Your Wish is My Command: Programming By Example

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Elsevier, Mar 12, 2001 - Computers - 440 pages

As user interface designers, software developers, and yes-as users, we all know the frustration that comes with using "one size fits all" software from off the shelf. Repeating the same commands over and over again, putting up with an unfriendly graphical interface, being unable to program a new application that you thought of yourself-these are all common complaints. The inflexibility of today's computer interfaces makes many people feel like they are slaves to their computers. Shouldn't it be the other way around? Why can't technology give us more "custom-fitting" software?

On the horizon is a new technology that promises to give ordinary users the power to create and modify their own programs. Programming by example (PBE) is a technique in which a software agent records a user's behavior in an interactive graphical interface, then automatically writes a program that will perform that behavior for the user.

Your Wish is My Command: Programming by Example takes a broad look at this new technology. In these nineteen chapters, programming experts describe implemented systems showing that PBE can work in a wide variety of application fields. They include the following:

The renowned authors and their editor believe that PBE will some day make it possible for interfaces to effectively say to the user, "Your wish is my command!"

  • Text and graphical editing
  • Web browsing
  • Computer-aided design
  • Teaching programming to children
  • Programming computer games
  • Geographical information systems

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Chapter 1 Novice Programming Comes of Age
How Any Program Can Be Created by Working with Examples
Sometimes You Need a Little Intelligence Sometimes You Need a Lot
Chapter 4 Web Browsing by Example
Chapter 5 Trainable Information Agents for the Web
A Demonstration Is Worth a Thousand Words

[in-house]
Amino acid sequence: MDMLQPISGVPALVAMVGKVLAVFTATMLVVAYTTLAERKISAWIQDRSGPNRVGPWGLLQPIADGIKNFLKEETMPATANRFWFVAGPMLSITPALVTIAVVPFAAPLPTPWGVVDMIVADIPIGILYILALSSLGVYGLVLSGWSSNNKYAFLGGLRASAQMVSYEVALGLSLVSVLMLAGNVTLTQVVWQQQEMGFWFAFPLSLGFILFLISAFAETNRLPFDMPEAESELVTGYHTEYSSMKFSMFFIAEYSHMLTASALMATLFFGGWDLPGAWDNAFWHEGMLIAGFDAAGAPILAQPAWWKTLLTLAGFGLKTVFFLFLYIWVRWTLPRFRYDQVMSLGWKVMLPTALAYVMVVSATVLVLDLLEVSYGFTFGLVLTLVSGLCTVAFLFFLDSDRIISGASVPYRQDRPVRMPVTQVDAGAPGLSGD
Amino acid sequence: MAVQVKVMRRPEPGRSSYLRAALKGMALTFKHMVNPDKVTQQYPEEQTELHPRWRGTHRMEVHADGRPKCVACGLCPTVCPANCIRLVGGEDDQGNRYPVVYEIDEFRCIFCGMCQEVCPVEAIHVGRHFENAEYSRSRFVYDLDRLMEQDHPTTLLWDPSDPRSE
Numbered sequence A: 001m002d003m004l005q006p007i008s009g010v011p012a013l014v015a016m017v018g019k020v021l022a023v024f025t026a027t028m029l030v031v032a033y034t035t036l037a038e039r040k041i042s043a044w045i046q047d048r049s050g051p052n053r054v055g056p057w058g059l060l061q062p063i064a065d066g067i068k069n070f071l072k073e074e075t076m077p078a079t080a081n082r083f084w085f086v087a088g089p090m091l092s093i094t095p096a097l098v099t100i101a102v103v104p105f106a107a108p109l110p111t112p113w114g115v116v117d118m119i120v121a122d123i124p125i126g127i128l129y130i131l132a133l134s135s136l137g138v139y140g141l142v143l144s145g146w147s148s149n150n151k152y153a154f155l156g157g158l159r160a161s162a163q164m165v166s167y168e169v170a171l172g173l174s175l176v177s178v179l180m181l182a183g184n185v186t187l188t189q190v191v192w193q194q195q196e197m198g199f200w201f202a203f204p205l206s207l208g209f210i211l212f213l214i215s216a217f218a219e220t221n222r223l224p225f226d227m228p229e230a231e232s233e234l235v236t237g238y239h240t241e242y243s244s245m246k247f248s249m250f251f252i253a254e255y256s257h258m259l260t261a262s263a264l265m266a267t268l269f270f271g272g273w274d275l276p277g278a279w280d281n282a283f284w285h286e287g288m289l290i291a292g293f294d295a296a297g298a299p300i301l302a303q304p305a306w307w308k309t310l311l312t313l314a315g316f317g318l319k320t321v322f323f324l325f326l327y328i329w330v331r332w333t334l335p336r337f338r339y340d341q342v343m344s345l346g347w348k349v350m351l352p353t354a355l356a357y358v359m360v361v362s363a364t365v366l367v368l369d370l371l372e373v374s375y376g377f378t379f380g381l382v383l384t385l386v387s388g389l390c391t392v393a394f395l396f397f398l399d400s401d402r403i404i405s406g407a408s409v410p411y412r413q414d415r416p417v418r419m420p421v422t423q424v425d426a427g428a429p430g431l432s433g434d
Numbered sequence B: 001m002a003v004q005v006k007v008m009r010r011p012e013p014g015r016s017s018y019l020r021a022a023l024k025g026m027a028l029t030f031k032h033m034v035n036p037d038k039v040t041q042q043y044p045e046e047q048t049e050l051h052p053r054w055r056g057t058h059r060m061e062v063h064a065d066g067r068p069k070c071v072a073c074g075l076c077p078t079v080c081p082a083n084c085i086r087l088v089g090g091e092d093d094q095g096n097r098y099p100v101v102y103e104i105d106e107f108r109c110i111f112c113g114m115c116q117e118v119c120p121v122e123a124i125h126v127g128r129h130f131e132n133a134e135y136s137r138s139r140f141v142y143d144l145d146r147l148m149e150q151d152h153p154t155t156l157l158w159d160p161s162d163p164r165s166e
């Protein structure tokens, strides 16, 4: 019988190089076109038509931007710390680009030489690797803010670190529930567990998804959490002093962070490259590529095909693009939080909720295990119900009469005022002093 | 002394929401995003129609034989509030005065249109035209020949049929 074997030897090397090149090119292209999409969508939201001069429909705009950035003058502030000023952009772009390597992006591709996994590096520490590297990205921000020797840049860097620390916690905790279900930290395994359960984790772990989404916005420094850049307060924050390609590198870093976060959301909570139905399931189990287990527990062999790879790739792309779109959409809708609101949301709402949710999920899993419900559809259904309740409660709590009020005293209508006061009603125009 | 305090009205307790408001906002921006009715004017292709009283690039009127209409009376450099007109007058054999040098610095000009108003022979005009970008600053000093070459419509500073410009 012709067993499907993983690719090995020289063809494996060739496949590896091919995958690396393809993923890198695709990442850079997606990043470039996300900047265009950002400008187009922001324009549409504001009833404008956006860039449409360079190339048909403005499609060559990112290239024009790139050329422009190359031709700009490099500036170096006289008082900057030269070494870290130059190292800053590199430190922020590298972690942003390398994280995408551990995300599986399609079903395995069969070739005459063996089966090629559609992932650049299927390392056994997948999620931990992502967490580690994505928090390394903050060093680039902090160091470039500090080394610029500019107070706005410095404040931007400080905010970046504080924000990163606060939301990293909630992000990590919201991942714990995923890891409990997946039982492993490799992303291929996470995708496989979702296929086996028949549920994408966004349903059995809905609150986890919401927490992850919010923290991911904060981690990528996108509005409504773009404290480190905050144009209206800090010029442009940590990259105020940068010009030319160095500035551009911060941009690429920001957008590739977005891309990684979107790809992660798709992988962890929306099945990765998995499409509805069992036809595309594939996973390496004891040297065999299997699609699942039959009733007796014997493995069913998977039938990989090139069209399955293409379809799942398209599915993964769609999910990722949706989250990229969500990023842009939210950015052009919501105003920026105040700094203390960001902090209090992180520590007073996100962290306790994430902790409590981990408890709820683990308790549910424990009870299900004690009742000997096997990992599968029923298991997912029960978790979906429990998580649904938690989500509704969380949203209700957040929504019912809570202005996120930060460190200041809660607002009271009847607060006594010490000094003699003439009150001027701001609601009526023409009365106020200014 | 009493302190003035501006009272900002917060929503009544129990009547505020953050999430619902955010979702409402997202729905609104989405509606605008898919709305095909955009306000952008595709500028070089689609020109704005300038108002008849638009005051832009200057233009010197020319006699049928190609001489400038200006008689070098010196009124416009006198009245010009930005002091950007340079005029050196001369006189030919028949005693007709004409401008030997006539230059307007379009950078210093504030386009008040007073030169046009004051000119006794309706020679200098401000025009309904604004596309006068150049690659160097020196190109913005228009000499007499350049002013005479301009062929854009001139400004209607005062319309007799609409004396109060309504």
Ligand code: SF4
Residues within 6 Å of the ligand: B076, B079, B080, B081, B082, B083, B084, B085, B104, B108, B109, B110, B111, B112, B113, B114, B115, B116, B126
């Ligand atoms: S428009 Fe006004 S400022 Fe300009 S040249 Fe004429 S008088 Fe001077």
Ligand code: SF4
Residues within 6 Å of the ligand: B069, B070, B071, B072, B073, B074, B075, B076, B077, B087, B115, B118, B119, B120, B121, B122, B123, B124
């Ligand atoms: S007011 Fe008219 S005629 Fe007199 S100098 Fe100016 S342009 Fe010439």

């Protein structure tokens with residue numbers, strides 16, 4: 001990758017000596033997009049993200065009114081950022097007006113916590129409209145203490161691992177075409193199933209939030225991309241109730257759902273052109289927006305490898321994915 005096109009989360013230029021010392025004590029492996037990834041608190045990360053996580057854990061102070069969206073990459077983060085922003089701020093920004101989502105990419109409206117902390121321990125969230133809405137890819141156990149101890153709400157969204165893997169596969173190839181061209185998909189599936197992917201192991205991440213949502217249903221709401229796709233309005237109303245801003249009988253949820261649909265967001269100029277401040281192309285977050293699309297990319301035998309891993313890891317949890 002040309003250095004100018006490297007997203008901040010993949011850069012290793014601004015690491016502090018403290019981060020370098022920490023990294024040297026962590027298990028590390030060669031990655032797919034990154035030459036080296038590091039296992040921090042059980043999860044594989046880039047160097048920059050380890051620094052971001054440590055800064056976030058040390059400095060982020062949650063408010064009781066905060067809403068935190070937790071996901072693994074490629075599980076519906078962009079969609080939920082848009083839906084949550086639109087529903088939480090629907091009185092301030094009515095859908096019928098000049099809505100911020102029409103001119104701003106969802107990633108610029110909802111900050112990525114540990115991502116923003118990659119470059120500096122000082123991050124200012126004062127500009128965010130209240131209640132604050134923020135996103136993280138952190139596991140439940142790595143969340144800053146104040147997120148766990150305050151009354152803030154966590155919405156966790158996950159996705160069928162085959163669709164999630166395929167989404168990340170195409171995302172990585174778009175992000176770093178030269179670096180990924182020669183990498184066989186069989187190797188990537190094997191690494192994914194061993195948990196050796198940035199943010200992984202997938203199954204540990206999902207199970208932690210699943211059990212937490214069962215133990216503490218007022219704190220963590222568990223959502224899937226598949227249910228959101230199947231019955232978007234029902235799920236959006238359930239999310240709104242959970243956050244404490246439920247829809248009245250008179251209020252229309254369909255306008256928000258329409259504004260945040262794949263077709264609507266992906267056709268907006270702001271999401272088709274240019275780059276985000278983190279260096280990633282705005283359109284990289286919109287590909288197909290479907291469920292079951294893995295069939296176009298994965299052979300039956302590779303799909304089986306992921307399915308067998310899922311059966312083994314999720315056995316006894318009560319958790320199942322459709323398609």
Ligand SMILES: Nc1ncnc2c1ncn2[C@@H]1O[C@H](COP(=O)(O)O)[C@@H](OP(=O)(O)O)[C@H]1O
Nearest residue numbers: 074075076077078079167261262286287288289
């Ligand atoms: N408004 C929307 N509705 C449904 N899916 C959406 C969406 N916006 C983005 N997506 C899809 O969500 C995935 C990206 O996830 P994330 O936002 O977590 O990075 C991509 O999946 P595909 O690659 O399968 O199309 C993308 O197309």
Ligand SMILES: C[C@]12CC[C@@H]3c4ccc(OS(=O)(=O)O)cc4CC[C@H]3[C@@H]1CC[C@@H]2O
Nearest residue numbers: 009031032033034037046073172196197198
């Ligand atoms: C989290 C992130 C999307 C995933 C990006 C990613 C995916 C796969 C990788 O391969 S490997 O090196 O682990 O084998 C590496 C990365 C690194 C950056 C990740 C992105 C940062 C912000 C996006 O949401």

Chapter 7 Bringing Programming by Demonstration to CAD Users
Chapter 8 Demonstrating the Hidden Features that Make an Application Work
Chapter 12 Training Agents to Recognize Text by Example
A Visual Representation for Regular Expressions
Chapter 14 Learning Users Habits to Automate Repetitive Tasks
Chapter 15 DomainIndependent Programming by Demonstration in Existing Applications
Demonstrating When as well as What
Where PBD Meets Macromedias Director
Chapter 18 Programming by Analogous Examples
Chapter 19 Visual Generalization in Programming by Example

Chapter 9 A Reporting Tool Using Programming by Example for Format Designation
Chapter 10 Composition by Example
Chapter 11 Learning Repetitive TextEditing Procedures with SMARTedit
Color Plate Section

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About the author (2001)

Henry Lieberman has been a Research Scientist at the MIT Media Laboratory since 1987. From 1972 until 1987, he was a researcher at the MIT Artificial Intelligence Laboratory. His work focuses on the intersection of artificial intelligence and the human interface. Dr. Lieberman began his career with Seymour Papert and the group behind the educational language Logo. A member of the Software Agents group, he holds a doctoral-equivalent degree from the University of Paris-VI and has published over fifty papers on a wide variety of research topics.